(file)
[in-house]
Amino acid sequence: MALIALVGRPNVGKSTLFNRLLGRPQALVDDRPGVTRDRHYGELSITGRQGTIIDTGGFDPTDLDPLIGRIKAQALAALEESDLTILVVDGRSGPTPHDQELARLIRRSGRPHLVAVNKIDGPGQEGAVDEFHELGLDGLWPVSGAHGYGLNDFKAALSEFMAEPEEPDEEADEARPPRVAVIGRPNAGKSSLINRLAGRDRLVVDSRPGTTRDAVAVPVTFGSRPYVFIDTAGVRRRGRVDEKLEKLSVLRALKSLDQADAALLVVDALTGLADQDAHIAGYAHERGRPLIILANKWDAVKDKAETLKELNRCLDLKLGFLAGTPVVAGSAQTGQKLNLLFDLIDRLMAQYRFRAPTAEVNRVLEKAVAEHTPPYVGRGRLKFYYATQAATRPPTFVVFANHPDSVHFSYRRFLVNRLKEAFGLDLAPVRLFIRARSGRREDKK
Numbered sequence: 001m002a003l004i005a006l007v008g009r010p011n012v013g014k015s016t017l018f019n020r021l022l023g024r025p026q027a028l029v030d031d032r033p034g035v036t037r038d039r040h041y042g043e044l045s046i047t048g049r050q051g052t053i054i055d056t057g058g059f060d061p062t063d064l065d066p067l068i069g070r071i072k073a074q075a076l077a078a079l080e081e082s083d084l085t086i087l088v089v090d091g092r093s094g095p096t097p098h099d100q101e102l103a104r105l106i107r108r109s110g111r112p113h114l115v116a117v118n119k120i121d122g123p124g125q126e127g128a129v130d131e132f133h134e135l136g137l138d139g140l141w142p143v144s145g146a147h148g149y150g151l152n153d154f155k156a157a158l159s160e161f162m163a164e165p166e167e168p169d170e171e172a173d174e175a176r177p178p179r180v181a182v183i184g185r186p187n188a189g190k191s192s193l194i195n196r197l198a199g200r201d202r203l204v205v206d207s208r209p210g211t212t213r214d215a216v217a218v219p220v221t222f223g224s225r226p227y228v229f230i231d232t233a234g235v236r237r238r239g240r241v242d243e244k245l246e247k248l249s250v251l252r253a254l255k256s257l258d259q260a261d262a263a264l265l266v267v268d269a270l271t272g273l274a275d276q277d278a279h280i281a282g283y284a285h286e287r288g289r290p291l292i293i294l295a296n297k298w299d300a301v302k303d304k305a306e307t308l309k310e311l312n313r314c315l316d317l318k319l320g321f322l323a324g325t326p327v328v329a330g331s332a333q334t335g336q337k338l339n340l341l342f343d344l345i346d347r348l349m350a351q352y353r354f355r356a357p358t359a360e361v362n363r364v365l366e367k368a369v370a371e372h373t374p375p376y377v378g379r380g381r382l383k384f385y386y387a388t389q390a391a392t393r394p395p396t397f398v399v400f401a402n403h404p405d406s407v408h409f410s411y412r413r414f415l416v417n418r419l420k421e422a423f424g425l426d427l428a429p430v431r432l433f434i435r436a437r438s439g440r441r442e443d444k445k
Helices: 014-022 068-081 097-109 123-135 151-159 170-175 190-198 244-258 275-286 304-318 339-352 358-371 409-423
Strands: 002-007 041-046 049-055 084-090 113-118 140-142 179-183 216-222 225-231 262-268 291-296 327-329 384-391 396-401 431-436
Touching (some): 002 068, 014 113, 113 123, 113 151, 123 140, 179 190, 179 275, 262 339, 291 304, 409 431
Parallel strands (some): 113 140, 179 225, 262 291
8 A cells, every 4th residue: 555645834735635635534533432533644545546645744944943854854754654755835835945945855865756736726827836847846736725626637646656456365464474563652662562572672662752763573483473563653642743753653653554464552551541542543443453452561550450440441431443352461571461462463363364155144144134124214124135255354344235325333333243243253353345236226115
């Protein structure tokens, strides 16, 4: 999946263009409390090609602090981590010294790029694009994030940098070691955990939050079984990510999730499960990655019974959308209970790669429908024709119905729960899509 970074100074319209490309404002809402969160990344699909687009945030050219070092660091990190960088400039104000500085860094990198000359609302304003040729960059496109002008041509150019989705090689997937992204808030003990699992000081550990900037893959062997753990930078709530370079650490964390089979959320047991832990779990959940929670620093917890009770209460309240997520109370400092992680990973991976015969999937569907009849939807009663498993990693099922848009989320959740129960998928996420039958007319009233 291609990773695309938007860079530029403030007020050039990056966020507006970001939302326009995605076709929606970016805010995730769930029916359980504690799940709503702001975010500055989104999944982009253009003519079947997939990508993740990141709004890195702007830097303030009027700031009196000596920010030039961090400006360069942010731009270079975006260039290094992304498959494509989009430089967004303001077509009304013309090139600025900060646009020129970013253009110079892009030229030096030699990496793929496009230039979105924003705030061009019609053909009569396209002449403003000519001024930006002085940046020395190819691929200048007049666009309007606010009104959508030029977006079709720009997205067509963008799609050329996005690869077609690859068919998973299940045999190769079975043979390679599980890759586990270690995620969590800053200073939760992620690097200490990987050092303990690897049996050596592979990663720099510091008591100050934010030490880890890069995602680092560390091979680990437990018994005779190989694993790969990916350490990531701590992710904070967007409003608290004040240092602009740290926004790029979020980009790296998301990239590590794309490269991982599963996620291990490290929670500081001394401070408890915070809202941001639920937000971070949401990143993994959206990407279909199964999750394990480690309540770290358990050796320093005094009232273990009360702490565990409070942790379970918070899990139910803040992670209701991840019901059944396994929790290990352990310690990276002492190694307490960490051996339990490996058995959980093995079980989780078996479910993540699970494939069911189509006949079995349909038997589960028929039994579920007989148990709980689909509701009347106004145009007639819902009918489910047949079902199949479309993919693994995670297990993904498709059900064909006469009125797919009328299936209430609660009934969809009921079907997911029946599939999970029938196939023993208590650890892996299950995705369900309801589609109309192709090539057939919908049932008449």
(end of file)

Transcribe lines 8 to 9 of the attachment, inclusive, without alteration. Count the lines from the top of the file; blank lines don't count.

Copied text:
8 A cells, every 4th residue: 555645834735635635534533432533644545546645744944943854854754654755835835945945855865756736726827836847846736725626637646656456365464474563652662562572672662752763573483473563653642743753653653554464552551541542543443453452561550450440441431443352461571461462463363364155144144134124214124135255354344235325333333243243253353345236226115
């Protein structure tokens, strides 16, 4: 999946263009409390090609602090981590010294790029694009994030940098070691955990939050079984990510999730499960990655019974959308209970790669429908024709119905729960899509 970074100074319209490309404002809402969160990344699909687009945030050219070092660091990190960088400039104000500085860094990198000359609302304003040729960059496109002008041509150019989705090689997937992204808030003990699992000081550990900037893959062997753990930078709530370079650490964390089979959320047991832990779990959940929670620093917890009770209460309240997520109370400092992680990973991976015969999937569907009849939807009663498993990693099922848009989320959740129960998928996420039958007319009233 291609990773695309938007860079530029403030007020050039990056966020507006970001939302326009995605076709929606970016805010995730769930029916359980504690799940709503702001975010500055989104999944982009253009003519079947997939990508993740990141709004890195702007830097303030009027700031009196000596920010030039961090400006360069942010731009270079975006260039290094992304498959494509989009430089967004303001077509009304013309090139600025900060646009020129970013253009110079892009030229030096030699990496793929496009230039979105924003705030061009019609053909009569396209002449403003000519001024930006002085940046020395190819691929200048007049666009309007606010009104959508030029977006079709720009997205067509963008799609050329996005690869077609690859068919998973299940045999190769079975043979390679599980890759586990270690995620969590800053200073939760992620690097200490990987050092303990690897049996050596592979990663720099510091008591100050934010030490880890890069995602680092560390091979680990437990018994005779190989694993790969990916350490990531701590992710904070967007409003608290004040240092602009740290926004790029979020980009790296998301990239590590794309490269991982599963996620291990490290929670500081001394401070408890915070809202941001639920937000971070949401990143993994959206990407279909199964999750394990480690309540770290358990050796320093005094009232273990009360702490565990409070942790379970918070899990139910803040992670209701991840019901059944396994929790290990352990310690990276002492190694307490960490051996339990490996058995959980093995079980989780078996479910993540699970494939069911189509006949079995349909038997589960028929039994579920007989148990709980689909509701009347106004145009007639819902009918489910047949079902199949479309993919693994995670297990993904498709059900064909006469009125797919009328299936209430609660009934969809009921079907997911029946599939999970029938196939023993208590650890892996299950995705369900309801589609109309192709090539057939919908049932008449």